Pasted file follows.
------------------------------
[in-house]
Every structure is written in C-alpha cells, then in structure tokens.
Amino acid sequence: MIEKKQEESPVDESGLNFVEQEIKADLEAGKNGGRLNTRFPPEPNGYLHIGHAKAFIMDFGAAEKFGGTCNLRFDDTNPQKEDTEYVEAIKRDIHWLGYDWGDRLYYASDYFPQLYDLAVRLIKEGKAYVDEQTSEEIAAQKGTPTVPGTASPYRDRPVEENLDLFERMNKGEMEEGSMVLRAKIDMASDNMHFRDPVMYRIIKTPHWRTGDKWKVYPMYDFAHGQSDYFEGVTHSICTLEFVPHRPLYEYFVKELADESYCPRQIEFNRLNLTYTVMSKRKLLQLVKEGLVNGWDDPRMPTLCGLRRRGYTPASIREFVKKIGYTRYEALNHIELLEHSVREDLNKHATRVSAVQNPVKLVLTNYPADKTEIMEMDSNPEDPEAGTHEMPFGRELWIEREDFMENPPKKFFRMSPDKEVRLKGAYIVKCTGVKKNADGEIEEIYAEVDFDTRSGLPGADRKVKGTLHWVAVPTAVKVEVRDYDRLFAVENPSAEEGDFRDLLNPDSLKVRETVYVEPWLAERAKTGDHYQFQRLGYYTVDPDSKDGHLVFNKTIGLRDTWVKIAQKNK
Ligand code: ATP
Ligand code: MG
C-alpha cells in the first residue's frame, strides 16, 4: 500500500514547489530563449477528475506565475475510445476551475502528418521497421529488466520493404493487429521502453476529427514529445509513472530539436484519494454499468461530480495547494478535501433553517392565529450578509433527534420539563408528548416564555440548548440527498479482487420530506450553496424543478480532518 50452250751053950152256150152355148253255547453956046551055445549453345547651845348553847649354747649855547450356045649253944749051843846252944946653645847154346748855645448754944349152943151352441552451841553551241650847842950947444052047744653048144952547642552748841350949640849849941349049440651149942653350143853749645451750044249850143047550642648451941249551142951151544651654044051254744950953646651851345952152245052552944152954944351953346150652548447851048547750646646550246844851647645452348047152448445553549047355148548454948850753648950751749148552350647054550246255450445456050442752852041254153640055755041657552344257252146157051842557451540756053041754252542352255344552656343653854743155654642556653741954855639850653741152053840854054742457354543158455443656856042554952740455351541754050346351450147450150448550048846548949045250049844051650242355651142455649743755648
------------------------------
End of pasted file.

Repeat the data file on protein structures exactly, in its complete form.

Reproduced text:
[in-house]
Every structure is written in C-alpha cells, then in structure tokens.
Amino acid sequence: MIEKKQEESPVDESGLNFVEQEIKADLEAGKNGGRLNTRFPPEPNGYLHIGHAKAFIMDFGAAEKFGGTCNLRFDDTNPQKEDTEYVEAIKRDIHWLGYDWGDRLYYASDYFPQLYDLAVRLIKEGKAYVDEQTSEEIAAQKGTPTVPGTASPYRDRPVEENLDLFERMNKGEMEEGSMVLRAKIDMASDNMHFRDPVMYRIIKTPHWRTGDKWKVYPMYDFAHGQSDYFEGVTHSICTLEFVPHRPLYEYFVKELADESYCPRQIEFNRLNLTYTVMSKRKLLQLVKEGLVNGWDDPRMPTLCGLRRRGYTPASIREFVKKIGYTRYEALNHIELLEHSVREDLNKHATRVSAVQNPVKLVLTNYPADKTEIMEMDSNPEDPEAGTHEMPFGRELWIEREDFMENPPKKFFRMSPDKEVRLKGAYIVKCTGVKKNADGEIEEIYAEVDFDTRSGLPGADRKVKGTLHWVAVPTAVKVEVRDYDRLFAVENPSAEEGDFRDLLNPDSLKVRETVYVEPWLAERAKTGDHYQFQRLGYYTVDPDSKDGHLVFNKTIGLRDTWVKIAQKNK
Ligand code: ATP
Ligand code: MG
C-alpha cells in the first residue's frame, strides 16, 4: 500500500514547489530563449477528475506565475475510445476551475502528418521497421529488466520493404493487429521502453476529427514529445509513472530539436484519494454499468461530480495547494478535501433553517392565529450578509433527534420539563408528548416564555440548548440527498479482487420530506450553496424543478480532518 50452250751053950152256150152355148253255547453956046551055445549453345547651845348553847649354747649855547450356045649253944749051843846252944946653645847154346748855645448754944349152943151352441552451841553551241650847842950947444052047744653048144952547642552748841350949640849849941349049440651149942653350143853749645451750044249850143047550642648451941249551142951151544651654044051254744950953646651851345952152245052552944152954944351953346150652548447851048547750646646550246844851647645452348047152448445553549047355148548454948850753648950751749148552350647054550246255450445456050442752852041254153640055755041657552344257252146157051842557451540756053041754252542352255344552656343653854743155654642556653741954855639850653741152053840854054742457354543158455443656856042554952740455351541754050346351450147450150448550048846548949045250049844051650242355651142455649743755648